Six Things You Should Know About Your One Year Old

Parents marvel at their children from birth, and the months that follow are a time of joy and amazement as parents of babies become parents of toddlers. Children grow at an astonishing rate and are unrecognizable as the tiny babies they were by the time they reach one year old. One year olds have very different needs than infants and begin to learn the skills that will carry them into childhood.

Every child is different, but there are some common traits that most one year olds share. If you are a new parent of a toddler here are six things you should know about your one year old.

It’s ok if your child does not walk by one year. Walking is one of the most anticipated milestones, but not all babies walk by one year and this is perfectly normal. Give your child lots of encouragement and practice and they will walk in their own time.

Young babies have a hard time concentrating on anything for more than a minute or so, and many parents look forward to the time when their child will be able to play games and interact for longer periods. Most one year olds have attention spans of about five minutes if they are interested in the activity so you will be able to play one game for longer stretches.

Your one year old will probably have distinct preferences for the type of play he enjoys, and their favorite games might not be the ones you like. One year olds like to push, throw, drop, and dump things which may not be your favorite game but helps them learn about the world around them.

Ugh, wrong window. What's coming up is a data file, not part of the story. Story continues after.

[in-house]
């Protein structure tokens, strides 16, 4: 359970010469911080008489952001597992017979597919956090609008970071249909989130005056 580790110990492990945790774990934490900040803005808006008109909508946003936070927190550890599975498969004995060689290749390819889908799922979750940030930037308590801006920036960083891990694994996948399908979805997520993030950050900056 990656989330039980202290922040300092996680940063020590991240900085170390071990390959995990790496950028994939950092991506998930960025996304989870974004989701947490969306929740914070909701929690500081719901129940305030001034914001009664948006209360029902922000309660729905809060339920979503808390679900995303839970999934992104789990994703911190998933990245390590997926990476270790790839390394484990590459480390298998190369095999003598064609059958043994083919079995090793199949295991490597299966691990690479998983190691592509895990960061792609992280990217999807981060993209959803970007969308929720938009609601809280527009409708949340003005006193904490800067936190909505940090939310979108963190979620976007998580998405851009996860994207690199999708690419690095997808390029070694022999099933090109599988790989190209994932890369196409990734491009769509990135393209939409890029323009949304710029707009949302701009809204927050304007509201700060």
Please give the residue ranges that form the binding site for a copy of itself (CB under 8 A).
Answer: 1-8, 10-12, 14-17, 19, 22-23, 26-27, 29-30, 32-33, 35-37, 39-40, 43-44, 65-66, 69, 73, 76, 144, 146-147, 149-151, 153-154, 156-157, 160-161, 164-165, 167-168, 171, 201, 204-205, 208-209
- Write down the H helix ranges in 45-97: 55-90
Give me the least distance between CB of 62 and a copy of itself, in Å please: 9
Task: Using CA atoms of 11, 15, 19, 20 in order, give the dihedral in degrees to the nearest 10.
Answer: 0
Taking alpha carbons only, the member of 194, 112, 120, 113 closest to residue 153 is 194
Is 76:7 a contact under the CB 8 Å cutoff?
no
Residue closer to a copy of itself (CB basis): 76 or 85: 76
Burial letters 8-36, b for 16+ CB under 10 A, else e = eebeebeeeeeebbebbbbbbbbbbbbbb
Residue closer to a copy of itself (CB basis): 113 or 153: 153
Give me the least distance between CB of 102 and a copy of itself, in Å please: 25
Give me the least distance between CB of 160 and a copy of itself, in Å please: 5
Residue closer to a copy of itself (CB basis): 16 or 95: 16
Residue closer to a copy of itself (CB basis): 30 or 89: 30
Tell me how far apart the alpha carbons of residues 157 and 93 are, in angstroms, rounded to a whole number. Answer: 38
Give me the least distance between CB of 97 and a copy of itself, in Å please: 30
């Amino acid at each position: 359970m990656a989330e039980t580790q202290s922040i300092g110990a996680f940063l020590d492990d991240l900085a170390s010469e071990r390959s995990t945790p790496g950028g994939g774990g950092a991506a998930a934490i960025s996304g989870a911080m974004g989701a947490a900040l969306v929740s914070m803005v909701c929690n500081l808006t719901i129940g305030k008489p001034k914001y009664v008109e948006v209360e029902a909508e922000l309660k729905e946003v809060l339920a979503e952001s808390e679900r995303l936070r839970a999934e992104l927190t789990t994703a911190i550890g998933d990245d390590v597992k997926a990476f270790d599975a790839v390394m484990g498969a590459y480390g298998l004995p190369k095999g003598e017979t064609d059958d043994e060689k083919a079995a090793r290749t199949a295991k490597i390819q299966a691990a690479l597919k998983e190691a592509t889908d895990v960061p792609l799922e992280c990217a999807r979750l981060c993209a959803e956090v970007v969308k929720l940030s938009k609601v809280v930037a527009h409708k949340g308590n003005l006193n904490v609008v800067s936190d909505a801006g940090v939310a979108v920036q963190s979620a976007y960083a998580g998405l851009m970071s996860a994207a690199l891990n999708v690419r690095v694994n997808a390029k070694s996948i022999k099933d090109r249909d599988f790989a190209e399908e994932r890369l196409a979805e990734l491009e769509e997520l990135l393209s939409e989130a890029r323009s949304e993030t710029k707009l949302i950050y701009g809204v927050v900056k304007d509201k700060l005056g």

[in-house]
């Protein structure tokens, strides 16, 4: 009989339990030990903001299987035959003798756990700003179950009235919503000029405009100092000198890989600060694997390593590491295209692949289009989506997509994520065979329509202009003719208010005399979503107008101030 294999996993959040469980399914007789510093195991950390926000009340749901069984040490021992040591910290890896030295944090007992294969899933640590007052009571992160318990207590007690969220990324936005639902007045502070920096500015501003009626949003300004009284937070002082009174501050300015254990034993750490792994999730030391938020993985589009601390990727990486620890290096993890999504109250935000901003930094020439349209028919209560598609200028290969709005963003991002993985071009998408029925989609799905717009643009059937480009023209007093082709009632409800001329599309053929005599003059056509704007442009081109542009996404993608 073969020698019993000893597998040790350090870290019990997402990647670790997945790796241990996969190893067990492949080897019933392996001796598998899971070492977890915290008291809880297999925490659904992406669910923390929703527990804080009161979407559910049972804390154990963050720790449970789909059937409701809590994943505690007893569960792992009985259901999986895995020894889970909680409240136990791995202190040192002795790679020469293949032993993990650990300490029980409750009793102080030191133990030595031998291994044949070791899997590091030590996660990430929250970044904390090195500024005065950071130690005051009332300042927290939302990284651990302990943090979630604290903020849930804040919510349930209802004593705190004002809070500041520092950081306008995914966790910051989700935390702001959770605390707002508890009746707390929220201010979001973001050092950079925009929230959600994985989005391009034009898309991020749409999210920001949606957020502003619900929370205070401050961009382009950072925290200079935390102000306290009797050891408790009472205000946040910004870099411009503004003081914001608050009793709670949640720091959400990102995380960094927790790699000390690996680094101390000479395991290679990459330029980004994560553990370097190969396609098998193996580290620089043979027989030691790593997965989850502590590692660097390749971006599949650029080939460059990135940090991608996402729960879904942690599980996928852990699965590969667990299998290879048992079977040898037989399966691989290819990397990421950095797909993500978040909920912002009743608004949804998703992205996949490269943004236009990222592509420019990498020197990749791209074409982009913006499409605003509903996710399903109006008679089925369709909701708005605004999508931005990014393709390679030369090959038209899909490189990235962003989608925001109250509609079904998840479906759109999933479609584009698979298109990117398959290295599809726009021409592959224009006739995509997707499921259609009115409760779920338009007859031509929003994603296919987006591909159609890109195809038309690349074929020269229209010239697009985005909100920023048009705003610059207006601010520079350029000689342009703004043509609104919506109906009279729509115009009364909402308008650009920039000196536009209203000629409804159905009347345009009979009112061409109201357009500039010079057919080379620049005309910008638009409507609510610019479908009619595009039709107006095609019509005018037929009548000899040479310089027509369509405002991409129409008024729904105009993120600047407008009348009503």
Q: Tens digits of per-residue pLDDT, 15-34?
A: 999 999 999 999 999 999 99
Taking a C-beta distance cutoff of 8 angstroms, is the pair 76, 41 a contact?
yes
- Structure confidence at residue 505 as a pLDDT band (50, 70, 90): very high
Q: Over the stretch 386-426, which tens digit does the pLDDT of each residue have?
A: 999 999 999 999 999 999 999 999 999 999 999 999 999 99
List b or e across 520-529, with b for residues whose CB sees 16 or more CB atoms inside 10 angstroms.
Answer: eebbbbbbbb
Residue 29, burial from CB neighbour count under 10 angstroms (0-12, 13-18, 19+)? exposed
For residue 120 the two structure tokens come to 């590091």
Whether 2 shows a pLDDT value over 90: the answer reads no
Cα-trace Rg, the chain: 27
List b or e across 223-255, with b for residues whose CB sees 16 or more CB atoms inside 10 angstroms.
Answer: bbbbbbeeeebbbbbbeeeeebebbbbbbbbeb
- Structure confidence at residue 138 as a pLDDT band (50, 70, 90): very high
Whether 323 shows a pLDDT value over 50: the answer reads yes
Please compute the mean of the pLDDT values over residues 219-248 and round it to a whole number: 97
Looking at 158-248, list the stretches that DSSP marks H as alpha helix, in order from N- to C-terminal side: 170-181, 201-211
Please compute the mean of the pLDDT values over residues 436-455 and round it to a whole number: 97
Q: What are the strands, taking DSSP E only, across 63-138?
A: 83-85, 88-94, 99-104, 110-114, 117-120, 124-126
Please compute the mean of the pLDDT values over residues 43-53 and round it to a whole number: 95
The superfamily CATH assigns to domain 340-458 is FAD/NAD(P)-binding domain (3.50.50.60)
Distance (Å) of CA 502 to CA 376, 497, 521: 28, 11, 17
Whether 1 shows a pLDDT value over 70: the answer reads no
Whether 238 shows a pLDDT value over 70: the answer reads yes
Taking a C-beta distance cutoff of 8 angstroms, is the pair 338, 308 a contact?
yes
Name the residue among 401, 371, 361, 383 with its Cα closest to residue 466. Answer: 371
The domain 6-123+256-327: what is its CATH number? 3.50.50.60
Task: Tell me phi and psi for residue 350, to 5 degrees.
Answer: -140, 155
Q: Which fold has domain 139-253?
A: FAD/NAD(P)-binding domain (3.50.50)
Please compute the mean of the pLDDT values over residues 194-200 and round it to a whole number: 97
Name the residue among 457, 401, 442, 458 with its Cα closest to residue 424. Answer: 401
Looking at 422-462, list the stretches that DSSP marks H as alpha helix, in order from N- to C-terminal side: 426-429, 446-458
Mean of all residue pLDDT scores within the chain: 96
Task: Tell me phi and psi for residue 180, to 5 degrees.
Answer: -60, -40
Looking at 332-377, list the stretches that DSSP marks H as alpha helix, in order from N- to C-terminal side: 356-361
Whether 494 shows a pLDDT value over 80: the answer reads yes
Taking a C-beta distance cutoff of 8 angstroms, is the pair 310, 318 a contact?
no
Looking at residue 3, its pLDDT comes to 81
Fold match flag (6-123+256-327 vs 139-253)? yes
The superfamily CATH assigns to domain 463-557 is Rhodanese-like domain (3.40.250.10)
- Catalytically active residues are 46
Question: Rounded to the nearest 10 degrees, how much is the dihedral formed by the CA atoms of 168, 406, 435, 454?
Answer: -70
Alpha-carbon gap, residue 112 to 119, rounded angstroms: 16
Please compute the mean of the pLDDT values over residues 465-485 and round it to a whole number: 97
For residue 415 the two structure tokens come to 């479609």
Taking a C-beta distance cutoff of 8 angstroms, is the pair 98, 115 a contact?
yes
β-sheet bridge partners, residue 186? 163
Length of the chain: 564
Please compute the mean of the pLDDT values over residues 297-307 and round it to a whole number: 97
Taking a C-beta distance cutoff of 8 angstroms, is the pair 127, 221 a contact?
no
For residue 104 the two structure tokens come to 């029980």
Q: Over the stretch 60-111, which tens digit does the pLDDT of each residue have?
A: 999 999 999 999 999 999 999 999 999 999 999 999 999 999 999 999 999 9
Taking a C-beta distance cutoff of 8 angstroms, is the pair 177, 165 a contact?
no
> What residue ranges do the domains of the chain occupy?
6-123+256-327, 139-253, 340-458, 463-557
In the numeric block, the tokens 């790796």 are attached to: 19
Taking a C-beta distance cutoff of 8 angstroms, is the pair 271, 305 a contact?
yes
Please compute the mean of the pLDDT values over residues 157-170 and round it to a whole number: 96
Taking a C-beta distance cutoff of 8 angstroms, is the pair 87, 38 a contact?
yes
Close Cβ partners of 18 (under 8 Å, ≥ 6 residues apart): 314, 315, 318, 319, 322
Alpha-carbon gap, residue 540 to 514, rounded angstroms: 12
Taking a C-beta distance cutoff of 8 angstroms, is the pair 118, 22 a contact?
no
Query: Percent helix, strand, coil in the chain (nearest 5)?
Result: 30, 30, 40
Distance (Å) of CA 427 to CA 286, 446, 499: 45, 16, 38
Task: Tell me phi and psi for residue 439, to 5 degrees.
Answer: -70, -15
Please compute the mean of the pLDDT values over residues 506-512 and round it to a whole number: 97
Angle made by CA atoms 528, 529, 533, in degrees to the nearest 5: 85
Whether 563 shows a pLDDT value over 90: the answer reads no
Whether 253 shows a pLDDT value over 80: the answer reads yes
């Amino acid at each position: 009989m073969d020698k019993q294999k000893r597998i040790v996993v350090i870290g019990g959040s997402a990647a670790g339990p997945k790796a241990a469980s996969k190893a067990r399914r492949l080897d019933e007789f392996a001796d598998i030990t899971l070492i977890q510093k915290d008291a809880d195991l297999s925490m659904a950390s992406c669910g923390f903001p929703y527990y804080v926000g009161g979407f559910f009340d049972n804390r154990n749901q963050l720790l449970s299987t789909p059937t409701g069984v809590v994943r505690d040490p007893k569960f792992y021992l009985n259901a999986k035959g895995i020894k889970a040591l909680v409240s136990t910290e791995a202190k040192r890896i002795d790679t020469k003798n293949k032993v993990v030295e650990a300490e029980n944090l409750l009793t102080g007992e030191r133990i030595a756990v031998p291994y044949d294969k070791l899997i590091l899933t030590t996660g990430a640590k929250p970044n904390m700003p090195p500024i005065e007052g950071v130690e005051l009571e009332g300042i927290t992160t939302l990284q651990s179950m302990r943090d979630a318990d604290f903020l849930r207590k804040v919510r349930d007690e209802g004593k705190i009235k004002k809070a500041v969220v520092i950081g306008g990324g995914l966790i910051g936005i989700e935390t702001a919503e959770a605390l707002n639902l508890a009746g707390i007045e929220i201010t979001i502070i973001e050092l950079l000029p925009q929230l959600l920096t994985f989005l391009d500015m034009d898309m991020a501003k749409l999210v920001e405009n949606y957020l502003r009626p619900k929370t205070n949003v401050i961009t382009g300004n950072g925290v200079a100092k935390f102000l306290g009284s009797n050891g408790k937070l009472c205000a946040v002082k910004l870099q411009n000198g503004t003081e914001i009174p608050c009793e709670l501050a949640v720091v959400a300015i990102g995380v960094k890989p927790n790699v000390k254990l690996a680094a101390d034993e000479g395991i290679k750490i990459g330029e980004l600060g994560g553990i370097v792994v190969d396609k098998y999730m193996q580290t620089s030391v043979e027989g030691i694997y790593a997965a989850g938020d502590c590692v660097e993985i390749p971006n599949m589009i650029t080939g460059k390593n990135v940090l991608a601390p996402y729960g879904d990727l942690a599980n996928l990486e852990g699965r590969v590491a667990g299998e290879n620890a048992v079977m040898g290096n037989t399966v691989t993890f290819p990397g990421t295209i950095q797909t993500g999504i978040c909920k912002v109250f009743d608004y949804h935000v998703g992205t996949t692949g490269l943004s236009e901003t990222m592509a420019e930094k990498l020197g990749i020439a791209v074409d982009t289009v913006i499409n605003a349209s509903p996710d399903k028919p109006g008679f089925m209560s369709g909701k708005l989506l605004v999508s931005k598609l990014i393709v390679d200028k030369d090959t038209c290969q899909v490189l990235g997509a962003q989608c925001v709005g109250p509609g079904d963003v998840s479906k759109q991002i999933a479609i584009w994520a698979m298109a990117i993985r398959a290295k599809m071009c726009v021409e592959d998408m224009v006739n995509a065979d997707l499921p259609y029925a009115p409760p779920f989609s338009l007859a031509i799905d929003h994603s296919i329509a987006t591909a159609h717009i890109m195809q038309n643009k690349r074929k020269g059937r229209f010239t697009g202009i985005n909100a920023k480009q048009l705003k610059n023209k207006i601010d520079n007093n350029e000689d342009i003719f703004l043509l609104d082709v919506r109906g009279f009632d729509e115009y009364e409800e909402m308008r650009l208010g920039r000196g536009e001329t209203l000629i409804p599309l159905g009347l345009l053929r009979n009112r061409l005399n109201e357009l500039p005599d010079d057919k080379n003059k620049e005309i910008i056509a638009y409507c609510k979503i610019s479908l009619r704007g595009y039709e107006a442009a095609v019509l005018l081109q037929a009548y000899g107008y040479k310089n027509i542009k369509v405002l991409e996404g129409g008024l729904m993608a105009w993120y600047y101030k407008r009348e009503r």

Toddlers thrive on routine and having clear routines for bedtime, naptime, and meal time will make these activities go smoother. Form some habits that can be repeated every day for these times and your one year old will eagerly anticipate and take part in these routines.

Most babies develop some sort of separation anxiety which can range form mild to severe around seven or eight months, and this anxiety usually heightens by one year. One year olds will often protest loudly when being left with a sitter , and it is best to allow your child to warm up to their caregiver before you leave and not prolong the leaving process.

By one year your child may have developed distinct food preferences as toddlers are notorious for being picky eaters. You may have to introduce a food ten or twenty times before your child will like and accept it.

Parents of toddlers face different challenges than those of infants, but these challenges are all part of helping your child grow and develop. Your one year old is busy learning about the world around her and the better you understand your child’s needs the better you will be able to help her grow.

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